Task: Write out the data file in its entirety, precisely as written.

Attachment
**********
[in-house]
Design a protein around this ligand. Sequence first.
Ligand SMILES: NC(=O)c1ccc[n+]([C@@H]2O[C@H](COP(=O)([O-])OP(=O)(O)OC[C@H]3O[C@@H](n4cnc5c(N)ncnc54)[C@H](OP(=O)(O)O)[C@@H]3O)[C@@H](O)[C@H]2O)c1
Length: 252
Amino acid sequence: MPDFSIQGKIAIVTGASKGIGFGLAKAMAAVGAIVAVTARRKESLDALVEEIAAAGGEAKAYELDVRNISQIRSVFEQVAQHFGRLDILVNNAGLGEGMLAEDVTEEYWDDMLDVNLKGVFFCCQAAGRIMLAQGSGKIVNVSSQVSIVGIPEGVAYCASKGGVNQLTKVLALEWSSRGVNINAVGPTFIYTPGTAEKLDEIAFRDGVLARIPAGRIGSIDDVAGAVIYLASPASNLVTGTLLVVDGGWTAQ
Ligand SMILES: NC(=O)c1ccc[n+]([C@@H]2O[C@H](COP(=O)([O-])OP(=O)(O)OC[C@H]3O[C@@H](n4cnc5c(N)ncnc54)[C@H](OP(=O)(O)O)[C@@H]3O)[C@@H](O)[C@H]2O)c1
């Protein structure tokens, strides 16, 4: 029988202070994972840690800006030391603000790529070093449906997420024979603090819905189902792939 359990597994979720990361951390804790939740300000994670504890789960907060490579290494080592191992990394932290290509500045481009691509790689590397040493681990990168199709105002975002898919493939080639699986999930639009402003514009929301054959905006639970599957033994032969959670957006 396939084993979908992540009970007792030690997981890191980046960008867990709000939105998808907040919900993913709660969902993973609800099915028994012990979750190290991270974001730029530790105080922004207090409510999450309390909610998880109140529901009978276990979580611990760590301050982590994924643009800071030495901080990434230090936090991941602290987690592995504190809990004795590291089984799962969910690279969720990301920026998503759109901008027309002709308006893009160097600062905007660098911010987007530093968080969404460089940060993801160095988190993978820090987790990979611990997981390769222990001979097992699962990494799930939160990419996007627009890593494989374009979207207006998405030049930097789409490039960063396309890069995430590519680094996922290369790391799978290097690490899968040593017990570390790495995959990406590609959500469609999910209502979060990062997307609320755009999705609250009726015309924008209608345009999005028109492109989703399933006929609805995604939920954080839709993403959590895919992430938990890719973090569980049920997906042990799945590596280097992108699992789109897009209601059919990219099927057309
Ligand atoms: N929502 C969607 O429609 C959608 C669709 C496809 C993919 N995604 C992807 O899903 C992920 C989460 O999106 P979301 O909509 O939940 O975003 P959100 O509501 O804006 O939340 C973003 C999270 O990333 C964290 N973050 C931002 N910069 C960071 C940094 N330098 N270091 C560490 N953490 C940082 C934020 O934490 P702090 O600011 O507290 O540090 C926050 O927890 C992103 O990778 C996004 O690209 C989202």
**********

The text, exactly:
[in-house]
Design a protein around this ligand. Sequence first.
Ligand SMILES: NC(=O)c1ccc[n+]([C@@H]2O[C@H](COP(=O)([O-])OP(=O)(O)OC[C@H]3O[C@@H](n4cnc5c(N)ncnc54)[C@H](OP(=O)(O)O)[C@@H]3O)[C@@H](O)[C@H]2O)c1
Length: 252
Amino acid sequence: MPDFSIQGKIAIVTGASKGIGFGLAKAMAAVGAIVAVTARRKESLDALVEEIAAAGGEAKAYELDVRNISQIRSVFEQVAQHFGRLDILVNNAGLGEGMLAEDVTEEYWDDMLDVNLKGVFFCCQAAGRIMLAQGSGKIVNVSSQVSIVGIPEGVAYCASKGGVNQLTKVLALEWSSRGVNINAVGPTFIYTPGTAEKLDEIAFRDGVLARIPAGRIGSIDDVAGAVIYLASPASNLVTGTLLVVDGGWTAQ
Ligand SMILES: NC(=O)c1ccc[n+]([C@@H]2O[C@H](COP(=O)([O-])OP(=O)(O)OC[C@H]3O[C@@H](n4cnc5c(N)ncnc54)[C@H](OP(=O)(O)O)[C@@H]3O)[C@@H](O)[C@H]2O)c1
């Protein structure tokens, strides 16, 4: 029988202070994972840690800006030391603000790529070093449906997420024979603090819905189902792939 359990597994979720990361951390804790939740300000994670504890789960907060490579290494080592191992990394932290290509500045481009691509790689590397040493681990990168199709105002975002898919493939080639699986999930639009402003514009929301054959905006639970599957033994032969959670957006 396939084993979908992540009970007792030690997981890191980046960008867990709000939105998808907040919900993913709660969902993973609800099915028994012990979750190290991270974001730029530790105080922004207090409510999450309390909610998880109140529901009978276990979580611990760590301050982590994924643009800071030495901080990434230090936090991941602290987690592995504190809990004795590291089984799962969910690279969720990301920026998503759109901008027309002709308006893009160097600062905007660098911010987007530093968080969404460089940060993801160095988190993978820090987790990979611990997981390769222990001979097992699962990494799930939160990419996007627009890593494989374009979207207006998405030049930097789409490039960063396309890069995430590519680094996922290369790391799978290097690490899968040593017990570390790495995959990406590609959500469609999910209502979060990062997307609320755009999705609250009726015309924008209608345009999005028109492109989703399933006929609805995604939920954080839709993403959590895919992430938990890719973090569980049920997906042990799945590596280097992108699992789109897009209601059919990219099927057309
Ligand atoms: N929502 C969607 O429609 C959608 C669709 C496809 C993919 N995604 C992807 O899903 C992920 C989460 O999106 P979301 O909509 O939940 O975003 P959100 O509501 O804006 O939340 C973003 C999270 O990333 C964290 N973050 C931002 N910069 C960071 C940094 N330098 N270091 C560490 N953490 C940082 C934020 O934490 P702090 O600011 O507290 O540090 C926050 O927890 C992103 O990778 C996004 O690209 C989202």